I first heard Levon Helm's voice in 1968, on The Band's album Music From Big Pink. Ray Wylie Hubbard turned me on to the record when I came home to Dallas from college that summer. I was immediately drawn into a sound that was unlike anything I'd ever heard. "The Weight" became my favorite song. With its landmark second album, The Band became my favorite band, its members' voices a mix of the raw and the sublime, their songs a mix of the old Deep South and the mystical Far North.
I came to know Garth Hudson and Richard Manuel when they played on albums I recorded in the early 1980s in Los Angeles. Later, after Richard was gone, Rick Danko and Garth visited Mountain Stage for some wonderful performances. But I met Levon only twice, in 1994 and 1996, when the re-formed Band played Mountain Stage in Charleston.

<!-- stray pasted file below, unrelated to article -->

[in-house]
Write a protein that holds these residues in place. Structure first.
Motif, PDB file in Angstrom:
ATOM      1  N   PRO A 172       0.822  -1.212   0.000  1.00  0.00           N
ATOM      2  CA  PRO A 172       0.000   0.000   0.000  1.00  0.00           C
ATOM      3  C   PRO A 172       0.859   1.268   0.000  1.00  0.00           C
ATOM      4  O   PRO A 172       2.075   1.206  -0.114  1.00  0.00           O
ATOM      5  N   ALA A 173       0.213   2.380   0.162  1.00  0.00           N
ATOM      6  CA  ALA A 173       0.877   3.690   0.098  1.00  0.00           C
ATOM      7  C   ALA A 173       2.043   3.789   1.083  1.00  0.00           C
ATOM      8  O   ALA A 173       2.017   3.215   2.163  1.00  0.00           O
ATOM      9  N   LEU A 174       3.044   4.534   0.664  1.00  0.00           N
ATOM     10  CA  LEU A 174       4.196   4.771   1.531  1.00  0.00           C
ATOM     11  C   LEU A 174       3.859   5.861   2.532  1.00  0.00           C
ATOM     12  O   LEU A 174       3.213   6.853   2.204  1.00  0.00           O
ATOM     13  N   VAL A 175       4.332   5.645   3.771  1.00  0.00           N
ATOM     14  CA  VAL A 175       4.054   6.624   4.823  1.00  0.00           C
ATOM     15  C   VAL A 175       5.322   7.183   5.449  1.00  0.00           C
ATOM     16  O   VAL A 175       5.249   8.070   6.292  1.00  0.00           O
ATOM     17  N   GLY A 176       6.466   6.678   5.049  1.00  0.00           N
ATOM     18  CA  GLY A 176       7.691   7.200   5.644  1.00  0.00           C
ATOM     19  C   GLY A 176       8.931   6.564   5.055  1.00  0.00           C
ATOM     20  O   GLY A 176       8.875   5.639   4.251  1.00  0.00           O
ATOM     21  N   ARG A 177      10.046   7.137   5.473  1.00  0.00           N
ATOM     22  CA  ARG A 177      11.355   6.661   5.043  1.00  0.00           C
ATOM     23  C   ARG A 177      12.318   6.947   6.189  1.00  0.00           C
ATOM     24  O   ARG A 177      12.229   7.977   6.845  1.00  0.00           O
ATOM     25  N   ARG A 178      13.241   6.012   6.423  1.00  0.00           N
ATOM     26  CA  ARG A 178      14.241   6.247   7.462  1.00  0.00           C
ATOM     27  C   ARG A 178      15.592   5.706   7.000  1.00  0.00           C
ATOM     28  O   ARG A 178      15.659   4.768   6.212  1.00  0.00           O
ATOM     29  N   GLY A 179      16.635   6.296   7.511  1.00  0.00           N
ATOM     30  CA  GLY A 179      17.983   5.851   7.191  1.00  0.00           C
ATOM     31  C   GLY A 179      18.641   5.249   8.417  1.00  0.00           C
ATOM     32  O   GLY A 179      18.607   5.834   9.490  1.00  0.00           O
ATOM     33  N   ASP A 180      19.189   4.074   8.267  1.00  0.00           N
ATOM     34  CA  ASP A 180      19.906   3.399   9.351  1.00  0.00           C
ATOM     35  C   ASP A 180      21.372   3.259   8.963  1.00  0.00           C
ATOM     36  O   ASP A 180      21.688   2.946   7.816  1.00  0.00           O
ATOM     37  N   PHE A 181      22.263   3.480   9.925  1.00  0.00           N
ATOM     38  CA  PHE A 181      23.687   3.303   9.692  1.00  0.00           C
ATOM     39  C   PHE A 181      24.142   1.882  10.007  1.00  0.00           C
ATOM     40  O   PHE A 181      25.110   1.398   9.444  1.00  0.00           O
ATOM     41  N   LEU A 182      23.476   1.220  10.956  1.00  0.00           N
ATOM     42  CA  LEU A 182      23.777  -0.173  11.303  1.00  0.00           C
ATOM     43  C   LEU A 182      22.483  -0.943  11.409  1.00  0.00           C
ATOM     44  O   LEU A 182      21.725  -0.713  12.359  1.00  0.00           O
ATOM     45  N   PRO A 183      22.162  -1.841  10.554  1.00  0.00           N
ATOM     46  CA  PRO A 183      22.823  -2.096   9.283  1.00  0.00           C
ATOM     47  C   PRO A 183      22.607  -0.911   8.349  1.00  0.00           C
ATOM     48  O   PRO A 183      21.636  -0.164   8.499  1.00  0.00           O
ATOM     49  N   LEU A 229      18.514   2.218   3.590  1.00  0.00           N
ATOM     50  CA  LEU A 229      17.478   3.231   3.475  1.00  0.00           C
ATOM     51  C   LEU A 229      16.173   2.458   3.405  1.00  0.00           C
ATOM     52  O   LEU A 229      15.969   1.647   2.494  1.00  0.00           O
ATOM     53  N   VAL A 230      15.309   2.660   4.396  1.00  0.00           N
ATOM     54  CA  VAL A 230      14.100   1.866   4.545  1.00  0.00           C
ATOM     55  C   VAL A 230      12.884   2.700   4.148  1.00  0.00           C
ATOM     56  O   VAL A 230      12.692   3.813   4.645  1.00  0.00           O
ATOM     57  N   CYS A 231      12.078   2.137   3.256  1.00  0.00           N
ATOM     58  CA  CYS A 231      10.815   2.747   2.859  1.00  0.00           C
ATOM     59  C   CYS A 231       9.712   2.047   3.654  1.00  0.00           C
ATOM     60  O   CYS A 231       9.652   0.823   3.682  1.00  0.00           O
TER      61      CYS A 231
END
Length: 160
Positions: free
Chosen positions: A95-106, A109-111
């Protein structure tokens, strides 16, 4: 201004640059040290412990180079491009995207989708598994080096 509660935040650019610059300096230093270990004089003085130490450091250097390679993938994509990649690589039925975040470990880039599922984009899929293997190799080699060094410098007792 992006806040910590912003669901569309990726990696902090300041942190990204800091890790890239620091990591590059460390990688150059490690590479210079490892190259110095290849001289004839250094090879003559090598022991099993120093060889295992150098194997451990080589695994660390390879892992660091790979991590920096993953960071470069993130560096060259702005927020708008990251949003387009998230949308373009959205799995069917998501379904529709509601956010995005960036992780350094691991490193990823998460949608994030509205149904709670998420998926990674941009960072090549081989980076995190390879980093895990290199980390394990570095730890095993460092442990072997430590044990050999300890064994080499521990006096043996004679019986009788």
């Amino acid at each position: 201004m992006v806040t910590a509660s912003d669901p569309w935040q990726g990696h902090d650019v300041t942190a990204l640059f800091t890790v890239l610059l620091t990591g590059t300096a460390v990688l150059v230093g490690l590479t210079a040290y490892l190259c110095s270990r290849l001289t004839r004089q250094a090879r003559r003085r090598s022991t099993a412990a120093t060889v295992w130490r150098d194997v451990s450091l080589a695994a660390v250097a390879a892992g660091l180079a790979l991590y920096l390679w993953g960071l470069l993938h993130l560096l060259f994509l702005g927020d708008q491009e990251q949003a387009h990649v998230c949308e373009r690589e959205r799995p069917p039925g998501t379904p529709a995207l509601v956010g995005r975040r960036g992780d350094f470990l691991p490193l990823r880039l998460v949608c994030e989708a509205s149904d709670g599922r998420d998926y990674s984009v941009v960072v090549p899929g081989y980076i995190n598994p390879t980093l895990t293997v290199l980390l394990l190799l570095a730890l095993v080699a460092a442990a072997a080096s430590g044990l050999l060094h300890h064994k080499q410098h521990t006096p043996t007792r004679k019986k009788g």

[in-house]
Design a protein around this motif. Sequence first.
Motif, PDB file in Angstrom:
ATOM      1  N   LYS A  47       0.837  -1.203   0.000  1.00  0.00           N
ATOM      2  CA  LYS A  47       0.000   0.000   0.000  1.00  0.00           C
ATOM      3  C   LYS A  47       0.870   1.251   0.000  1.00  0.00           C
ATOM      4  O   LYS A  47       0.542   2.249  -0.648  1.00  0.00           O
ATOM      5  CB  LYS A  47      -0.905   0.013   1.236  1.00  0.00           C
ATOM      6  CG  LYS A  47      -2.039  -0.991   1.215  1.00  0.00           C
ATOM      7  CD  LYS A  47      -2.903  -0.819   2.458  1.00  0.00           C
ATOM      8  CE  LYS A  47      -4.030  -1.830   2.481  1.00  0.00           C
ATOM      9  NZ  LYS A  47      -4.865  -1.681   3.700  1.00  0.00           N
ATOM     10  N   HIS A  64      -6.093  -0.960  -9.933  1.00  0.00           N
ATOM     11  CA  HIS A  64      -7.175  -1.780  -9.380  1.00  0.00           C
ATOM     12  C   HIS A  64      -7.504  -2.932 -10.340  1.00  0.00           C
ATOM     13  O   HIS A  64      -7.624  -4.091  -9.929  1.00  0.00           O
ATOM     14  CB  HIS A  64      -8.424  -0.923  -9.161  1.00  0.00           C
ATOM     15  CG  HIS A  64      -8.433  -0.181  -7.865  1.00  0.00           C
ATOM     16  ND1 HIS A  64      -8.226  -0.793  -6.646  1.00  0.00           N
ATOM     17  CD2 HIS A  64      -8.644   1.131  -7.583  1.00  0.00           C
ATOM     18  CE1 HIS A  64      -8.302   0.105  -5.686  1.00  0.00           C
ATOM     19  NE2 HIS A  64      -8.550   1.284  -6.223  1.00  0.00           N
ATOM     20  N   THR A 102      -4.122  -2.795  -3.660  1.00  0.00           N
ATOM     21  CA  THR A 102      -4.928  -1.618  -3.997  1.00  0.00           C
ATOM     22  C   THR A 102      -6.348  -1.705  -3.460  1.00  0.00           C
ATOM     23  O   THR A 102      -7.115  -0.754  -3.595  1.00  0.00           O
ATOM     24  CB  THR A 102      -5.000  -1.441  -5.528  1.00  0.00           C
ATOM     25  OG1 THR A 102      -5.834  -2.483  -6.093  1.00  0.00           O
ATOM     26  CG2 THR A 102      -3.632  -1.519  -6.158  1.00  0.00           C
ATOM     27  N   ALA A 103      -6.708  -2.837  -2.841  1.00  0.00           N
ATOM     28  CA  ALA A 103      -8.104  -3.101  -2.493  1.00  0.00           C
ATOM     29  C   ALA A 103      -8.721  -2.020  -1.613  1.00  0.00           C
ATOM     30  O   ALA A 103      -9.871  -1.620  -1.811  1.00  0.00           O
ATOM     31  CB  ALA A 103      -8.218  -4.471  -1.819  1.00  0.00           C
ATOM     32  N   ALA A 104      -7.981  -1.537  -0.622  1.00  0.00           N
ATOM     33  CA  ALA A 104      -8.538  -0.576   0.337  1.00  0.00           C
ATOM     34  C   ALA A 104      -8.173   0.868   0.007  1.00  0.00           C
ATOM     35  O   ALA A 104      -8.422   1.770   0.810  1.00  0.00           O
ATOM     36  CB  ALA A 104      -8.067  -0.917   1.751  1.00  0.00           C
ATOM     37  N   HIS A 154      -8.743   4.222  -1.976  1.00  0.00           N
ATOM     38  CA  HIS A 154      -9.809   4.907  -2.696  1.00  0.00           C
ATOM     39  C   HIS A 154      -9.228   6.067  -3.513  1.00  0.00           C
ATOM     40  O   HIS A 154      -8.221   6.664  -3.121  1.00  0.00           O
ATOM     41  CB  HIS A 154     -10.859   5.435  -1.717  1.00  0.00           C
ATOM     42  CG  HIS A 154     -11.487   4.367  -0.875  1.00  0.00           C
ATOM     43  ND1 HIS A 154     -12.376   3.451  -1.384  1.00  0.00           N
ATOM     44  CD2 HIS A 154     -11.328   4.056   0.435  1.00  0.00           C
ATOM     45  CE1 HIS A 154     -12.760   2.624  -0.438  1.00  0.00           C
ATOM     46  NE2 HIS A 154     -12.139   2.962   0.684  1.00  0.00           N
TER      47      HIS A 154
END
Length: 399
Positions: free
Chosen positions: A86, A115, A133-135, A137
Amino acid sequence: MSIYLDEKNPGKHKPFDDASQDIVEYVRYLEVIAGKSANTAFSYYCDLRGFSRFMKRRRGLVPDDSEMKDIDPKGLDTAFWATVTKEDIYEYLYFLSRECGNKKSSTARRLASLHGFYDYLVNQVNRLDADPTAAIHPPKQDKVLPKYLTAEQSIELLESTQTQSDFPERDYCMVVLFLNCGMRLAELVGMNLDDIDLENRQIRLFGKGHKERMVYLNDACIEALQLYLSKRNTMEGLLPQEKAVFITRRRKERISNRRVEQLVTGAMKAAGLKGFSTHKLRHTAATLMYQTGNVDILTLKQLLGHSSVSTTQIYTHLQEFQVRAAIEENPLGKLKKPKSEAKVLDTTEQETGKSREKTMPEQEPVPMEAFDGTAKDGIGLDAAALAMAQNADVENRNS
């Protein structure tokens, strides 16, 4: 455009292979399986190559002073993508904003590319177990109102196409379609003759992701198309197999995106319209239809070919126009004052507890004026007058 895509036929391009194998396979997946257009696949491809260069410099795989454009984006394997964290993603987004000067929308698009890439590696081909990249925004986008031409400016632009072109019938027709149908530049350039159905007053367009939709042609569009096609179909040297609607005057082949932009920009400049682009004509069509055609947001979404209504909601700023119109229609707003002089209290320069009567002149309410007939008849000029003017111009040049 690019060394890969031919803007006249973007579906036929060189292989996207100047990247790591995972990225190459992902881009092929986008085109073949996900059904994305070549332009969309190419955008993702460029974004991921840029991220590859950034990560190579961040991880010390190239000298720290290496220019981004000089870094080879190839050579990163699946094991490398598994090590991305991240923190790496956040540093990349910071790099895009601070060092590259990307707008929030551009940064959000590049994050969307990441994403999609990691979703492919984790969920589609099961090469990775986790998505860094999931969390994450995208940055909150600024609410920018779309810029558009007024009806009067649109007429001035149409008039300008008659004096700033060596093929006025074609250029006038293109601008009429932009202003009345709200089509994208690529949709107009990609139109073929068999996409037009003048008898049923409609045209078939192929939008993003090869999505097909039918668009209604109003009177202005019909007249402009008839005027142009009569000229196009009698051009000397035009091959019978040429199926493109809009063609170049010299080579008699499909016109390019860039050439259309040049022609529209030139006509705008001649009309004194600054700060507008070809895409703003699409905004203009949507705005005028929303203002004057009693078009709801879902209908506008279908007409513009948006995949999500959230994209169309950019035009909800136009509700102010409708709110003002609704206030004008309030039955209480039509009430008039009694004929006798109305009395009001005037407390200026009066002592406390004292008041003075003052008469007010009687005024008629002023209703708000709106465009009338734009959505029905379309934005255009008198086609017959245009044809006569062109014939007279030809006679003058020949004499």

As I listen to his vocals in "Rag, Mama, Rag," "Blind Willie McTell" and "The Weight" from the 1996 show, it's hard to imagine anyone else trying to sing those songs. Of course, everybody does try to sing "The Weight," but we all suffer by comparison. Levon's voice is for the ages. I can hear traces of Pops Staples and fellow Arkansan Ronnie Hawkins, influences from both sides of the big river that flowed near his home. Conway Twitty, like Levon, grew up in Helena, and Johnny Cash not far away in Kingsland. Powerful voices came out of that Arkansas dirt.
Levon had a very successful solo career, with Grammy-winning albums and the Midnight Ramble sessions. But his work as a singer, drummer and mandolin player with The Band will stand as some of the most true and important American music ever made.